American QuarterlyVol. 58 Iss. 4 (2006)
Indian Patriots on Last Stand Hill
Michael A. Elliott
Elliott examines the complexities behind the memorialization of the Battle of Little Bighorn, focusing particularly on the 2003 dedication of a monument to the battle's American Indian fatalities. In analyzing the ambivalent stance of Native Americans toward their post-Indian Wars nationalization, Elliott coins a new term for their breed of patriotism--"anti-American Americanism."
W.E.B. DuBois, Anthropometric Science, and the Limits of Racial Uplift
The author juxtaposes a lost sociological study and a plantation novel, both by DuBois. Although oblique, the connections between DuBois efforts to repudiate racialized science and his desire to celebrate the African American home are astutely linked to DuBois' own shift from scientist to author and activist.
Black Orientalism: Nineteenth-Century Narratives of Race and U.S. Citizenship
Helen H. Jun
Jun argues that nineteenth century African Americans struggled in response to the burgeoning Chinese immigrant population and the subsequent Chinese Exclusion Act by empathizing with, while simultaneously creating distance between themselves and the castigated Chinese. The author deftly uses articles from the periods African American press to differentiate "black orientalism," from "white orientalism."
Out of Chinatown and into the Suburbs: Chinese Americans and the Politics of Cultural Citizenship in Early Cold War America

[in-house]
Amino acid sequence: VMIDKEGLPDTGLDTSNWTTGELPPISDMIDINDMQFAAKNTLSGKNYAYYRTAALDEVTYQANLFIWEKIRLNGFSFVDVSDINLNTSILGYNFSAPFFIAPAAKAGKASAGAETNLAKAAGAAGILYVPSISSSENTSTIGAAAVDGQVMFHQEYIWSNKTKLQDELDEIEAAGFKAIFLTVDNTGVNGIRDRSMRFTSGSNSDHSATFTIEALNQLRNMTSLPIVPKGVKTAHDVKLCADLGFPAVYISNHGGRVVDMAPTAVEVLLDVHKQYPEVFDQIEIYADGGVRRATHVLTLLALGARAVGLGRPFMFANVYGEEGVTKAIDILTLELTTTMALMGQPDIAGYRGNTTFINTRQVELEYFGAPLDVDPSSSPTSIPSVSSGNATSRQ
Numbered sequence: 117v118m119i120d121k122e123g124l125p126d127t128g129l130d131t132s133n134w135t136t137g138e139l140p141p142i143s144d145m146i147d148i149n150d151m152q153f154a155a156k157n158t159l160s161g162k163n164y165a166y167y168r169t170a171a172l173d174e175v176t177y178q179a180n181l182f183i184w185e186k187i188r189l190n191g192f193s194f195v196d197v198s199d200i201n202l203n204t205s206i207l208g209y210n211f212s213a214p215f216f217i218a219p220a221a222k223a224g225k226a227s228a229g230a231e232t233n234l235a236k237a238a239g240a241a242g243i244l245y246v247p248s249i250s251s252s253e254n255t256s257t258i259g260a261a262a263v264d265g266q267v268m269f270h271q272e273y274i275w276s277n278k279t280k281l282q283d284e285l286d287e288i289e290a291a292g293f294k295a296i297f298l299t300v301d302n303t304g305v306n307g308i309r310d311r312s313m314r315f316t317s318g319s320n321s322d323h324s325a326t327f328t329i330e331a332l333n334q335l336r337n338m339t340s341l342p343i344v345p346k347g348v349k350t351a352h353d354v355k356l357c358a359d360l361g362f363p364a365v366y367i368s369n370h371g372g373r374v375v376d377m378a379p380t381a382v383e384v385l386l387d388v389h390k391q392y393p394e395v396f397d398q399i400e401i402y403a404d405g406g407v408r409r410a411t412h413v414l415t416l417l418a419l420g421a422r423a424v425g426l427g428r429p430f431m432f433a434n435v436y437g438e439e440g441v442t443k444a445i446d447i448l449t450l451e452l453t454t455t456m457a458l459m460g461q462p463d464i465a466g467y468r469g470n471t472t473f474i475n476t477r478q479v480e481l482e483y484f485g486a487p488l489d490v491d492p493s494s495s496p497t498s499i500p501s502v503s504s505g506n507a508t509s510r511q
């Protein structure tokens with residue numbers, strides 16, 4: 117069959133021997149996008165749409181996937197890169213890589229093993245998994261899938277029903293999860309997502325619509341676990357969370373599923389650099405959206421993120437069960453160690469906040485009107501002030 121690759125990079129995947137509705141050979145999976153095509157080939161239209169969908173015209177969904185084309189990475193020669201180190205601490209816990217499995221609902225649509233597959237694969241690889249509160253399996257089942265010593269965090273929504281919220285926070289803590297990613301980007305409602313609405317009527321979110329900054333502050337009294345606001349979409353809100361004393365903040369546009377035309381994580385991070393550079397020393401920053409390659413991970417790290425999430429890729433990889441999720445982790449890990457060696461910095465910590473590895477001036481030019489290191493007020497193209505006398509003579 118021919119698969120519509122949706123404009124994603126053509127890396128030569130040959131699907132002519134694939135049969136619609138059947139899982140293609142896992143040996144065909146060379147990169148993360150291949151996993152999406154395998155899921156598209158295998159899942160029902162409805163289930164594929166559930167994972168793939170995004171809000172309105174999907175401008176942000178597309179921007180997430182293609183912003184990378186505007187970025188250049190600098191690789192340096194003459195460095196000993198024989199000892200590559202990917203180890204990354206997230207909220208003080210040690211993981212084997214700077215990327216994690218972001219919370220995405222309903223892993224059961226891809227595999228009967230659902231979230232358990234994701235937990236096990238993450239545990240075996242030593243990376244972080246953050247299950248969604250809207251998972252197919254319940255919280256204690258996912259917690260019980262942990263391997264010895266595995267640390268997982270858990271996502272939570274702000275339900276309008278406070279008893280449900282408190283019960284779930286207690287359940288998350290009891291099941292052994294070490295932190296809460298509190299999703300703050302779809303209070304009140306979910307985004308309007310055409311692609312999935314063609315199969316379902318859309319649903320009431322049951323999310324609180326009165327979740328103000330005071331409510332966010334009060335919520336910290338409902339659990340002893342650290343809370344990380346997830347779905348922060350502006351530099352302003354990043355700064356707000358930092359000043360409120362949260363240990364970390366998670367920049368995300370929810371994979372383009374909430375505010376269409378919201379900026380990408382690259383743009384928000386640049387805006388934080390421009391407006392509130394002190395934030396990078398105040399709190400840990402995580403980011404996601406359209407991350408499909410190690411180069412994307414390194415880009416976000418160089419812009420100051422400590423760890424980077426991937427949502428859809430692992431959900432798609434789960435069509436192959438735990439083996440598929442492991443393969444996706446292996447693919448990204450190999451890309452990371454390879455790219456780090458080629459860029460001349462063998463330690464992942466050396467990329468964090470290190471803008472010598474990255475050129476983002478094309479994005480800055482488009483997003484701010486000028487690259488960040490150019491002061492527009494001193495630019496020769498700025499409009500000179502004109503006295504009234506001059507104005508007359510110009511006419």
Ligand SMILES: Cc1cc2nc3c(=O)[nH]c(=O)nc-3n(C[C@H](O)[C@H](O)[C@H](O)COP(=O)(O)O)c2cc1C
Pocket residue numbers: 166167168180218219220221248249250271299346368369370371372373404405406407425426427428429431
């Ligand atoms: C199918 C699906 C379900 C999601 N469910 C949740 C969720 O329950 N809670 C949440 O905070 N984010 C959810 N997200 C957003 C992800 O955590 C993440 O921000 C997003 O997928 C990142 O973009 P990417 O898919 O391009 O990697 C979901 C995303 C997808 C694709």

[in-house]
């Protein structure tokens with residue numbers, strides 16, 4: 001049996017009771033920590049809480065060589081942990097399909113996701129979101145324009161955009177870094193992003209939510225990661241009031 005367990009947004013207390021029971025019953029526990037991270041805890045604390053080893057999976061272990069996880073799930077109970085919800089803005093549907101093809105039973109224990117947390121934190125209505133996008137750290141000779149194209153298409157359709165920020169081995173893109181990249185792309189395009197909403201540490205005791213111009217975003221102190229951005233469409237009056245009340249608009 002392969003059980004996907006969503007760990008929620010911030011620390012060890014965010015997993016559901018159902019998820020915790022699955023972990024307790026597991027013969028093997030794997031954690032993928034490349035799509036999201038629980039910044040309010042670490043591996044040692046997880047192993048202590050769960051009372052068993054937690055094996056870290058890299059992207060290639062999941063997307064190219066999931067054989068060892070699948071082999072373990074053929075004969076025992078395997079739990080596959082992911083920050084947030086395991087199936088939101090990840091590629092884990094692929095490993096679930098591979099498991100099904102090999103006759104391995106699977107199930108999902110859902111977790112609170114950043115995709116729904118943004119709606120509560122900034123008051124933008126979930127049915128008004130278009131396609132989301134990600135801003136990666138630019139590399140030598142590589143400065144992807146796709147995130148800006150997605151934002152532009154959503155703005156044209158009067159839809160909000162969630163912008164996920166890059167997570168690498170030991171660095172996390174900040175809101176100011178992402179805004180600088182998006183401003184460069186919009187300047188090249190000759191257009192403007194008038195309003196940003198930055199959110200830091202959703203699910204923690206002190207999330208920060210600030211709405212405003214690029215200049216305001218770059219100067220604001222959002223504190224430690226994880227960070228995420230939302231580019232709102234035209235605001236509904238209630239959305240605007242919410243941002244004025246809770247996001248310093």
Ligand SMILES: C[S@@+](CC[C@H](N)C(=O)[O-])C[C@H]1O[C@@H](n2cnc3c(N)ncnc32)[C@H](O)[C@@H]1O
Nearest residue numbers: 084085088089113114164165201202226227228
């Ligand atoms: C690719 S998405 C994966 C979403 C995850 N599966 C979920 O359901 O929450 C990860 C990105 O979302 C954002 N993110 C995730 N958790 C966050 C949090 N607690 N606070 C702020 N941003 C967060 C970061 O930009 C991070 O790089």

Cindy I-Fen Cheng
The author effectively analyzes the attempt of Cold War Americans to distance themselves from racism in an effort to defend the country from Soviet accusations of bigotry. Using periodicals from 1945 to 1965, the gradual opening of the American suburbs to Chinese Americans, is discussed.
"So That We as a Race Might Have Something Authentic to Travel By": African American Automobility and Cold-War Liberalism
In this lucid examination of African American "automobility," Seiler uses two travel guidebooks aimed at blacks to illustrate the conflict between racist limitations on access and the burgeoning American ideal of the open road.
"The Whole Wilderness Shall Blossom As the Rose": Samson Occom, Joseph Johnson, and the Question of Native Settlement on Coopers Frontier
The author contrasts the founding of two frontier towns in upstate New York--one by a group of acculturated Native Americans and the other by the uber-settler William Cooper. Recognizing the ultimate failure of the Native settlement, Lopenzina still credits the founders of Brotherton with a valiant attempt to ward off white appropriation of the land.
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